Two Poems by Justin Karcher

Donald Trump Riding a Dead Seahorse

It’s a little past midnight on November 9

& the best gay bar in Buffalo feels like a funeral.

Drag queens weeping

& holding bouquets of wilted iPhones.

Language is burning holes in our hands.

The bartender tries juggling liquor bottles,

but they all come crashing to the floor.

Some people just don’t give a fuck.

The young kids who snuck into the bar

are ignoring the world around them,

getting drunk, & sloppily singing Beyoncé.

Who thought karaoke on election night was a good idea?

But here we all are.

My shirt’s off

& some guy who looks like Roy Orbison is giving me a tattoo.

The electoral college map carved into my chest.

It’s turning me on,

having my body be a canvas of American mistakes.

Most of me is hemorrhaging in anger.

Whatever’s left is tangled up in blue.

It all seems like a dream,

the way everyone is moving through the bar

Like psycho strung out fish floating in the ocean.

A couple of my friends look like male seahorses

& they won’t stop crying

& now Roy is pouring whiskey down my back

& over my chest.

I feel like I’m on fire

& my friends ask if I’m alright

& now I’m babbling

about how there’s not much difference between the human eye

& the male seahorse, like sometimes a male seahorse

will give birth to thousands of babies at once,

that I’ve seen it on YouTube

& it looks like a sudden snow flurry.

It’s a goddamn revelation,

because sadness works the same way,

like sometimes your eyes give birth

to thousands of teardrops at once.

Now I’m freaking out,

scared that it really is the end of the world.

because only about five

out of every thousand baby seahorses

survive to adulthood,

so that means most of the sadness

we’re experiencing right now

will drift along in the plankton layer

of America’s apathetic ocean

& die alone in the darkness.

Now I’m telling everyone at the bar

that we gotta collect the dread all around us,

that we gotta scoop up

all those baby seahorses lost in the wilderness

& bring ‘em home,

because what kind of person would just sit around

& do nothing while the American heart

becomes a desert full of seahorse bones?

Srsly tho, from this point forward,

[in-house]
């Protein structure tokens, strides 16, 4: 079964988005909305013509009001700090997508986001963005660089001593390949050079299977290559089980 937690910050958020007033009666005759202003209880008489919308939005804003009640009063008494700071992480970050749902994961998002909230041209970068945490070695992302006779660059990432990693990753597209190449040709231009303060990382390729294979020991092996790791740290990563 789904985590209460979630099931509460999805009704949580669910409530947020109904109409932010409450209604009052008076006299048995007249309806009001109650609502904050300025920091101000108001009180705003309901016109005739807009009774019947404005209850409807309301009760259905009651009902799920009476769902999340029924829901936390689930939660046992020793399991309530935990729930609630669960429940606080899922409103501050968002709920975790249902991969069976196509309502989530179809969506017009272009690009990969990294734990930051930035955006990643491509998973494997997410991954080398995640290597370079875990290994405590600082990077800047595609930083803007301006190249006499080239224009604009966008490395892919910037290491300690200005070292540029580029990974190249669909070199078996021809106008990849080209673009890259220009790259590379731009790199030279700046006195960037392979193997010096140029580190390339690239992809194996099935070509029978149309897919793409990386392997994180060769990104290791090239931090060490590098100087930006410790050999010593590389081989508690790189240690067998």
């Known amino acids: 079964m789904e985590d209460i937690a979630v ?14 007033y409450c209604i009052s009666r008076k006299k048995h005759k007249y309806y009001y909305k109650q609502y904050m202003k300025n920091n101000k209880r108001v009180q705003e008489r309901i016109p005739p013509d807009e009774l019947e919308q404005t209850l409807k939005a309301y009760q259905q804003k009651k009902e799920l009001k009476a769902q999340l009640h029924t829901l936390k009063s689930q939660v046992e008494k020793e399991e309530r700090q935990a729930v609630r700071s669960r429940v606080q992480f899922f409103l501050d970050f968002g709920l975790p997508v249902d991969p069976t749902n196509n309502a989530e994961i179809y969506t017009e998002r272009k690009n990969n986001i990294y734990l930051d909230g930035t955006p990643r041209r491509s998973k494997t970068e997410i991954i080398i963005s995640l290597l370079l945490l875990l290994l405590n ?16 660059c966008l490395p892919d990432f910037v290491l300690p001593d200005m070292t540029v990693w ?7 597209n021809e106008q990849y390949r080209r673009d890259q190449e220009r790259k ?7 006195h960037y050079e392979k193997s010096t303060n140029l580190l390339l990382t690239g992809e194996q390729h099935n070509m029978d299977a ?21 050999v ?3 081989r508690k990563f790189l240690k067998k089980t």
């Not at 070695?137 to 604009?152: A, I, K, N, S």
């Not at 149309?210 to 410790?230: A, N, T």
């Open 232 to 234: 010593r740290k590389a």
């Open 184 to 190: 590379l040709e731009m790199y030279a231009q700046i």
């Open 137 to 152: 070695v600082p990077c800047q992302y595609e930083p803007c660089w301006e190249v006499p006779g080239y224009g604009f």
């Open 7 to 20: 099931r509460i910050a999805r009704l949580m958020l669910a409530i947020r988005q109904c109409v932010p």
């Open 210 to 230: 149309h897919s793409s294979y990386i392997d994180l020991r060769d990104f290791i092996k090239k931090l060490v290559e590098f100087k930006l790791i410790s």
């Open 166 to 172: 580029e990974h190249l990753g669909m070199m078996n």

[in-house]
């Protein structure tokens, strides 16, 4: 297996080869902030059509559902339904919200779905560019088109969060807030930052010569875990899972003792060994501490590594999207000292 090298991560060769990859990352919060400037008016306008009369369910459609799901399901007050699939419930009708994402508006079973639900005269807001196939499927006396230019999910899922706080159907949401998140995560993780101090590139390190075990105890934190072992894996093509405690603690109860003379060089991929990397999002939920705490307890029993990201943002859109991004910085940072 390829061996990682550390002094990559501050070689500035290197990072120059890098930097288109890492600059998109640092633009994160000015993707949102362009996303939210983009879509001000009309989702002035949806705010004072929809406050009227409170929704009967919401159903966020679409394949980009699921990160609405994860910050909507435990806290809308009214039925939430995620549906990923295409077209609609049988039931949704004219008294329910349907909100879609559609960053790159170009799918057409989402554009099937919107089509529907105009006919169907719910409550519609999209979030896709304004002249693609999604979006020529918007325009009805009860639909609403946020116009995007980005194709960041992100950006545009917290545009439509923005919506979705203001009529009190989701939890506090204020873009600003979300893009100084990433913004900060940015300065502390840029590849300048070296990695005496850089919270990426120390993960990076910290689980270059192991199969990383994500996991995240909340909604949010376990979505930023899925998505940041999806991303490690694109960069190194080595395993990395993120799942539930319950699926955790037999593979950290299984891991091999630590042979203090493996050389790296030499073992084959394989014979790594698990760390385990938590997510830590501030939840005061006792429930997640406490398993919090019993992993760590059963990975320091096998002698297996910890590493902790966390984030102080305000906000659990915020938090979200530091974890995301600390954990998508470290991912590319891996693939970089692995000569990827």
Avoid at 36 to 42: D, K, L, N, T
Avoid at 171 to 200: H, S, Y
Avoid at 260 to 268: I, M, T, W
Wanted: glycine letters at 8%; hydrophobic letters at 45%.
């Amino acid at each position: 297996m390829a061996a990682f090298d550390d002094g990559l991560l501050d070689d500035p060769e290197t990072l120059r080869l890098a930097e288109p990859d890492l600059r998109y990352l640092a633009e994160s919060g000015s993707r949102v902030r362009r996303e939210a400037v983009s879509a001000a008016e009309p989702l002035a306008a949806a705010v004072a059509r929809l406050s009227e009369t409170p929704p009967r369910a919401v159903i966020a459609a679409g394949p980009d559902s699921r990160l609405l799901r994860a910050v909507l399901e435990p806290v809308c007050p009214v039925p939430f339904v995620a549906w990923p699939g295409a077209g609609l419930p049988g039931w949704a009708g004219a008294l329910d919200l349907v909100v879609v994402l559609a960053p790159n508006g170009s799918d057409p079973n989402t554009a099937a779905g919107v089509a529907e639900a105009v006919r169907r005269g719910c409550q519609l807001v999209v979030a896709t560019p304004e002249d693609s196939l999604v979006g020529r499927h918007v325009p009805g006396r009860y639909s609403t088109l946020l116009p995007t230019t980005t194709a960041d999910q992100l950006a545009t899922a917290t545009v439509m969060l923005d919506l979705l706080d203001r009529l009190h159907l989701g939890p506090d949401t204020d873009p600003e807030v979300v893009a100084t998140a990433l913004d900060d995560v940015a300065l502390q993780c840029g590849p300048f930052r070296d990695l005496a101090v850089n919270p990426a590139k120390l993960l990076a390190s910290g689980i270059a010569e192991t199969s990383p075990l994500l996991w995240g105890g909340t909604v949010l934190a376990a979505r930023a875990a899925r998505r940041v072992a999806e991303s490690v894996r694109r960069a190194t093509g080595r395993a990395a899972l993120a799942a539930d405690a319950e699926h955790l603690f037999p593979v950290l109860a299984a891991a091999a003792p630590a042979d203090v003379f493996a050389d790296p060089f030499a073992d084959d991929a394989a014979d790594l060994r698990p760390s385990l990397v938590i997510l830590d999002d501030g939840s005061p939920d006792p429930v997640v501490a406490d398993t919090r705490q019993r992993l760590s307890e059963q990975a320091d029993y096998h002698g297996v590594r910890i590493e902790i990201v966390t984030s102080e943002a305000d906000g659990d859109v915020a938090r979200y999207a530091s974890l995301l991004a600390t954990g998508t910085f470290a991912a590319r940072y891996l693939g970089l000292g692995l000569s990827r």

we gotta stay vigilant

& we always gotta be pulling teardrops

out of the darkness

& building a future that’s drowning in empathy.

Now everything’s kinda hazy,

but I’m pretty sure Roy’s cradling me in his arms

& singing “Crying”

& I drift off to sleep

as the whole wide world burns to the ground

& in a perfect scenario,

we’d all be dreamin’ sweet dreams

the whole day through,

but that’s not our reality anymore.

You know that awful feeling

when you’re sitting on the rooftop

of a building built from the skulls

of all the single ladies

& you’re sharing a blunt

with a seahorse

as the clouds keep rolling on in.

Father John Misty Describes the End of the World to a New Yorker

I remember swelling the cymbals,

watching people get more & more agitated by

the spirit. The chapel was filling up with young

Hollywood hipsters speaking in tongues. Baptism

by fire, God was going to fall on America.

When the day came, I was a kid, like fourteen,

swooning through bangers & ghouls, abusing

GarageBand for fame & profit, playing a party

with no one paying attention, Neil Young acolytes

in ponchos & heavy sweaters drinking tequila

& puking hearts of gold, because this is the way we

wanted it to be. No, when the day came, I was twenty-two,

some kind of blueblood, a leaky rowboat, how unhappy

I was at drowning. I was beat down, walking up &

down Bourbon Street looking for the best rock stars

of my generation, but all I was able to find was a skeleton

pissing into a dumpster fire, Mother Earth wearing Beats

by Dre & trying to drown out the pain. It was kind of poetic

& I found myself thinking, I didn’t used to cry so much.

I’m despicable as a result, I get it. I should just be by myself,

writing a novel because it’s never been done before. No, when

the day comes, I’m thirtysomething, hanging out in the smoldering

dust of Coachella & playing twelve-dimensional chess with a

grieving ventriloquist whose dummy just died. He keeps repeating

the same thing over & over again: “My God, these children.” While

I’m thinking about that, the ventriloquist kills my queen. There’s

blood on his hands. Oh, my country, my country! I always thought

that it was going to look way more sophisticated than this when

evil happened, but here I am anyway, killing time before a meteor

hits this place & our limbs become untrue & we sink like trees.

Justin Karcher is a poet and playwright born and raised in Buffalo, New York. He is the author of Tailgating at the Gates of Hell (Ghost City Press, 2015), the chapbook When Severed Ears Sing You Songs (CWP Collective Press, 2017), the micro-chapbook Just Because You've Been Hospitalized for Depression Doesn't Mean You're Kanye West (Ghost City Press, 2017), and Those Who Favor Fire, Those Who Pray to Fire (EMP, 2018) with Ben Brindise. Bernie Sanders Broke My Heart and I Turned into an Iceberg is forthcoming from Ghost City Press. He is also the editor of Ghost City Review and co-editor of the anthology My Next Heart: New Buffalo Poetry (BlazeVOX [books], 2017). He tweets @Justin_Karcher

Image by Eric Frommer, found on Flickr:

#poetry #justinkarcher #pride #patriotism #popculture #apocalypse

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